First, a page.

When first starting your NIV program, it is recommended to try some of the many different masks and interfaces available to make the right choice.
Up to 50% of NIV failures are related to the mask.¹ That is why interfaces or masks should be considered an important factor for any successful NIV program. There is a wide range of masks available on the market. Especially in the beginning of a NIV program, it is recommended to have a choice of interfaces available in order to gain experience with the different types.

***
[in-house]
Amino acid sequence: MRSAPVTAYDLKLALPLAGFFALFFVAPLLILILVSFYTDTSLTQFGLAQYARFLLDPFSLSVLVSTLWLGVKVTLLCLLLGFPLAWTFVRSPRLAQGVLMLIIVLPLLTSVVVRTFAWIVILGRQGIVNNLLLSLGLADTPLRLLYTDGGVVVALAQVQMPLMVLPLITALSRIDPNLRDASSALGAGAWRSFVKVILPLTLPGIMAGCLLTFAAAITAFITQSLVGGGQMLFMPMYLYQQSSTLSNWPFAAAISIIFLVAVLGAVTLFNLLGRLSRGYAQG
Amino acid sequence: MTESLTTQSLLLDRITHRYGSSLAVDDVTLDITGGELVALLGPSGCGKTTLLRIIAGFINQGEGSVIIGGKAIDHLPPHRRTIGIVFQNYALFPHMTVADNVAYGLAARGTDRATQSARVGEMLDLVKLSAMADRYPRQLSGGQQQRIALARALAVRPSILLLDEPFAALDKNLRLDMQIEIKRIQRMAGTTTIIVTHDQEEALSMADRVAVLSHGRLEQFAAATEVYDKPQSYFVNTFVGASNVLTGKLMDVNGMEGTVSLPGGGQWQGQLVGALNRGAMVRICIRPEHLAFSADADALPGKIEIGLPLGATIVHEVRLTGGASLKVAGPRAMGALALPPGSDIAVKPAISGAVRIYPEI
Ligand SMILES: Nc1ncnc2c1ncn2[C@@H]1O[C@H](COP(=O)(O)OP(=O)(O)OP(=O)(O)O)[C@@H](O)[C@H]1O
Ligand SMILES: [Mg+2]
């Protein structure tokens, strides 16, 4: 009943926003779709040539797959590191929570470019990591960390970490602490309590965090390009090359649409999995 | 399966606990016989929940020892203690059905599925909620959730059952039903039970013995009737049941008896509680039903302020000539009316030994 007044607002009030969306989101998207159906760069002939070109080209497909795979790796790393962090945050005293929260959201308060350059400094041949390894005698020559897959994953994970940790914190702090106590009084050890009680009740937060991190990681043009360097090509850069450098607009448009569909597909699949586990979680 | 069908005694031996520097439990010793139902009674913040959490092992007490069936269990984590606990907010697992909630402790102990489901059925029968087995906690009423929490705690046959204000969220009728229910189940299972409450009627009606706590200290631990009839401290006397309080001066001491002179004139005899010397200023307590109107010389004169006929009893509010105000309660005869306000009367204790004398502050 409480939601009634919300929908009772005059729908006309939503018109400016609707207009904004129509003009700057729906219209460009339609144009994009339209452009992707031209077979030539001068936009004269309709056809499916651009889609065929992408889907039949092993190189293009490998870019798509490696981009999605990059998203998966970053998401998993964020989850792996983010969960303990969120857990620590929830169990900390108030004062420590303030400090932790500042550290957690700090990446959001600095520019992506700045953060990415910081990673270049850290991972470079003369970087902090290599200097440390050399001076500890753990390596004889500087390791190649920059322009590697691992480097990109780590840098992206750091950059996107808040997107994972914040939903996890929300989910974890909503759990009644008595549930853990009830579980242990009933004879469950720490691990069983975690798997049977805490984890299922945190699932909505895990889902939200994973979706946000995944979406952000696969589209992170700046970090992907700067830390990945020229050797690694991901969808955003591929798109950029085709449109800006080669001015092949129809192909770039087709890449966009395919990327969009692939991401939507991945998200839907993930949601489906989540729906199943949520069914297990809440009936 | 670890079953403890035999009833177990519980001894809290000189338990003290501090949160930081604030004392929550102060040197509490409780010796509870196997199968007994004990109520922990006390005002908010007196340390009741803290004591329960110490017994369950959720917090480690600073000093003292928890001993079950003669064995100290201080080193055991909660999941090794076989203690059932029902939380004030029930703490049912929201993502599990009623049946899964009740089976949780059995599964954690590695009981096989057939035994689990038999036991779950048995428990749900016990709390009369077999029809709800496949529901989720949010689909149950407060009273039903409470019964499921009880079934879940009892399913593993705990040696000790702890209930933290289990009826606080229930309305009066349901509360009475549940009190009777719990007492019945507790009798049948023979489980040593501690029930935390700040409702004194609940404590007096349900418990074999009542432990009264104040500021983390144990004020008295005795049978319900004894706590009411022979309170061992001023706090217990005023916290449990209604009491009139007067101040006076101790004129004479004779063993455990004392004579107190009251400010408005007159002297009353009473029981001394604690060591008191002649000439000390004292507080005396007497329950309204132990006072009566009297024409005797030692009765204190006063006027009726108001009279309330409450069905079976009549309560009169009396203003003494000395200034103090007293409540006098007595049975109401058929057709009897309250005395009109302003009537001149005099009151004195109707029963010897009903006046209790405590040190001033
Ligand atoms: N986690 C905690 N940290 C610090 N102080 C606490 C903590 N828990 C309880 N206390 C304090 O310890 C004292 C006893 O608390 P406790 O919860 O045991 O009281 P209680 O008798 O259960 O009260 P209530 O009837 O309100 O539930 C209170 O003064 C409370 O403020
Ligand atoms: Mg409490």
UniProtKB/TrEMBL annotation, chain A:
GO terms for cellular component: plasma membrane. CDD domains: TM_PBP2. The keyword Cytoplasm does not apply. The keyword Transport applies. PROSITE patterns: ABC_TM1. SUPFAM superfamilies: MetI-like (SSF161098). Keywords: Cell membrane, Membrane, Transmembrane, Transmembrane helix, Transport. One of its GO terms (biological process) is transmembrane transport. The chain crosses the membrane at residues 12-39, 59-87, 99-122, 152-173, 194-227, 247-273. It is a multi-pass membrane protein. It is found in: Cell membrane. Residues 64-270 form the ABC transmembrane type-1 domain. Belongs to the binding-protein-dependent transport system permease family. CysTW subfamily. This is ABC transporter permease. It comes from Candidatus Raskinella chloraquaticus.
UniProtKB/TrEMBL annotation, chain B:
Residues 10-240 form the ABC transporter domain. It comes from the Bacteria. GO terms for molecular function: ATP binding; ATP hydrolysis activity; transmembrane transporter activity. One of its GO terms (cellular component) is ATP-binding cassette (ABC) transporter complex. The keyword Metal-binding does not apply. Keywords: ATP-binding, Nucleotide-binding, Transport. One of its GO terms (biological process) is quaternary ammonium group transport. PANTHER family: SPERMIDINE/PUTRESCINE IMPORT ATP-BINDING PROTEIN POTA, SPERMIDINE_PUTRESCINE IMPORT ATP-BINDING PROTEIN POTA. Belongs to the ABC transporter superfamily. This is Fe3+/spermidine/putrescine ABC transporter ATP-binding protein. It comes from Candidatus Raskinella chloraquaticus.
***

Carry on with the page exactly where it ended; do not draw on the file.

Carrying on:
Having only one type of masks might pose a risk on the success of the program.² Hess recommends: “For applications of NIV for acute respiratory failure, the first choice of interface should be the oronasal mask. The available evidence suggests that the total face mask might also be a reasonable first choice for interface. Other interfaces should be available if the patient is intolerant of the oronasal mask or total face mask, or if complications such as facial skin breakdown occurs”.³